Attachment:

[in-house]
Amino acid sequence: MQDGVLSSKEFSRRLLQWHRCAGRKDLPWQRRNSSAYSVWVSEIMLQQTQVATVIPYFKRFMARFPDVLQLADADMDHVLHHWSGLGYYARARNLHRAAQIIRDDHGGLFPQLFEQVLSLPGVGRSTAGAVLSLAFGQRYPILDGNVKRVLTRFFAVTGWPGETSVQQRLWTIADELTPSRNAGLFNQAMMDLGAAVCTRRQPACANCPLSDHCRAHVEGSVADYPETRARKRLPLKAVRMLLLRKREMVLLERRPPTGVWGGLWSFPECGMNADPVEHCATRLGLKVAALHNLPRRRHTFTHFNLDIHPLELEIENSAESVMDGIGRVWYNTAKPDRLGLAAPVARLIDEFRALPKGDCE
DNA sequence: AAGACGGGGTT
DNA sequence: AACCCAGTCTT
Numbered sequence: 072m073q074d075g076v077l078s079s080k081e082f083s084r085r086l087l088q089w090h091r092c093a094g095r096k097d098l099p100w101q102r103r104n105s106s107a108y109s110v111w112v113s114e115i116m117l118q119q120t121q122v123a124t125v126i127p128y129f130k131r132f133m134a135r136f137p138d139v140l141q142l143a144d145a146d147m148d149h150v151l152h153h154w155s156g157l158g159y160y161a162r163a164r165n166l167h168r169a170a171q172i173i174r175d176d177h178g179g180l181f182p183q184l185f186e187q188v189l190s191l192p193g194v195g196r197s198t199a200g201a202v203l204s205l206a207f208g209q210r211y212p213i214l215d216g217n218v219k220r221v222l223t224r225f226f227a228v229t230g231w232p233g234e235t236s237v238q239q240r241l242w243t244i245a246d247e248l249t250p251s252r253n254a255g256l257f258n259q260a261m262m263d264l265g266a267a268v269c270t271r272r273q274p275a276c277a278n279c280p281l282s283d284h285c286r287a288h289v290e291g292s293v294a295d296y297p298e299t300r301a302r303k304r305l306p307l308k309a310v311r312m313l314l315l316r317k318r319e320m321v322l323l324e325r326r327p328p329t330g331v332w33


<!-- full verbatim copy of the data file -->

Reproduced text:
[in-house]
Amino acid sequence: MQDGVLSSKEFSRRLLQWHRCAGRKDLPWQRRNSSAYSVWVSEIMLQQTQVATVIPYFKRFMARFPDVLQLADADMDHVLHHWSGLGYYARARNLHRAAQIIRDDHGGLFPQLFEQVLSLPGVGRSTAGAVLSLAFGQRYPILDGNVKRVLTRFFAVTGWPGETSVQQRLWTIADELTPSRNAGLFNQAMMDLGAAVCTRRQPACANCPLSDHCRAHVEGSVADYPETRARKRLPLKAVRMLLLRKREMVLLERRPPTGVWGGLWSFPECGMNADPVEHCATRLGLKVAALHNLPRRRHTFTHFNLDIHPLELEIENSAESVMDGIGRVWYNTAKPDRLGLAAPVARLIDEFRALPKGDCE
DNA sequence: AAGACGGGGTT
DNA sequence: AACCCAGTCTT
Numbered sequence: 072m073q074d075g076v077l078s079s080k081e082f083s084r085r086l087l088q089w090h091r092c093a094g095r096k097d098l099p100w101q102r103r104n105s106s107a108y109s110v111w112v113s114e115i116m117l118q119q120t121q122v123a124t125v126i127p128y129f130k131r132f133m134a135r136f137p138d139v140l141q142l143a144d145a146d147m148d149h150v151l152h153h154w155s156g157l158g159y160y161a162r163a164r165n166l167h168r169a170a171q172i173i174r175d176d177h178g179g180l181f182p183q184l185f186e187q188v189l190s191l192p193g194v195g196r197s198t199a200g201a202v203l204s205l206a207f208g209q210r211y212p213i214l215d216g217n218v219k220r221v222l223t224r225f226f227a228v229t230g231w232p233g234e235t236s237v238q239q240r241l242w243t244i245a246d247e248l249t250p251s252r253n254a255g256l257f258n259q260a261m262m263d264l265g266a267a268v269c270t271r272r273q274p275a276c277a278n279c280p281l282s283d284h285c286r287a288h289v290e291g292s293v294a295d296y297p298e299t300r301a302r303k304r305l306p307l308k309a310v311r312m313l314l315l316r317k318r319e320m321v322l323l324e325r326r327p328p329t330g331v332w33